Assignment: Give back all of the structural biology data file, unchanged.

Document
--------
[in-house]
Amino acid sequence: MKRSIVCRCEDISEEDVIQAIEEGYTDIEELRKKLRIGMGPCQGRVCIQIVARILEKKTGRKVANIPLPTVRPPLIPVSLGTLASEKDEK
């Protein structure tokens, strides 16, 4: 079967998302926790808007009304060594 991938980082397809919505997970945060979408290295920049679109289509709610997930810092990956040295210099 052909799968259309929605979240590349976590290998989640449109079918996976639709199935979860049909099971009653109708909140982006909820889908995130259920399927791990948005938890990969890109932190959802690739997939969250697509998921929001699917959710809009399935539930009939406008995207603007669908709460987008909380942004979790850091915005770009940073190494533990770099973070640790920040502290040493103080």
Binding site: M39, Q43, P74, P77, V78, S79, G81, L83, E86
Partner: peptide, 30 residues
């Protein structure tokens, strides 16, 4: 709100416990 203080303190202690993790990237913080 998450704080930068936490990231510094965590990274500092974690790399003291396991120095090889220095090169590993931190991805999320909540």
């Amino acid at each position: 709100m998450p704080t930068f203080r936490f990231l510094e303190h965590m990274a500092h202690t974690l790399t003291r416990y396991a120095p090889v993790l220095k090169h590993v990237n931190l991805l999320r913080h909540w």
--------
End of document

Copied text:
[in-house]
Amino acid sequence: MKRSIVCRCEDISEEDVIQAIEEGYTDIEELRKKLRIGMGPCQGRVCIQIVARILEKKTGRKVANIPLPTVRPPLIPVSLGTLASEKDEK
């Protein structure tokens, strides 16, 4: 079967998302926790808007009304060594 991938980082397809919505997970945060979408290295920049679109289509709610997930810092990956040295210099 052909799968259309929605979240590349976590290998989640449109079918996976639709199935979860049909099971009653109708909140982006909820889908995130259920399927791990948005938890990969890109932190959802690739997939969250697509998921929001699917959710809009399935539930009939406008995207603007669908709460987008909380942004979790850091915005770009940073190494533990770099973070640790920040502290040493103080």
Binding site: M39, Q43, P74, P77, V78, S79, G81, L83, E86
Partner: peptide, 30 residues
């Protein structure tokens, strides 16, 4: 709100416990 203080303190202690993790990237913080 998450704080930068936490990231510094965590990274500092974690790399003291396991120095090889220095090169590993931190991805999320909540």
């Amino acid at each position: 709100m998450p704080t930068f203080r936490f990231l510094e303190h965590m990274a500092h202690t974690l790399t003291r416990y396991a120095p090889v993790l220095k090169h590993v990237n931190l991805l999320r913080h909540w």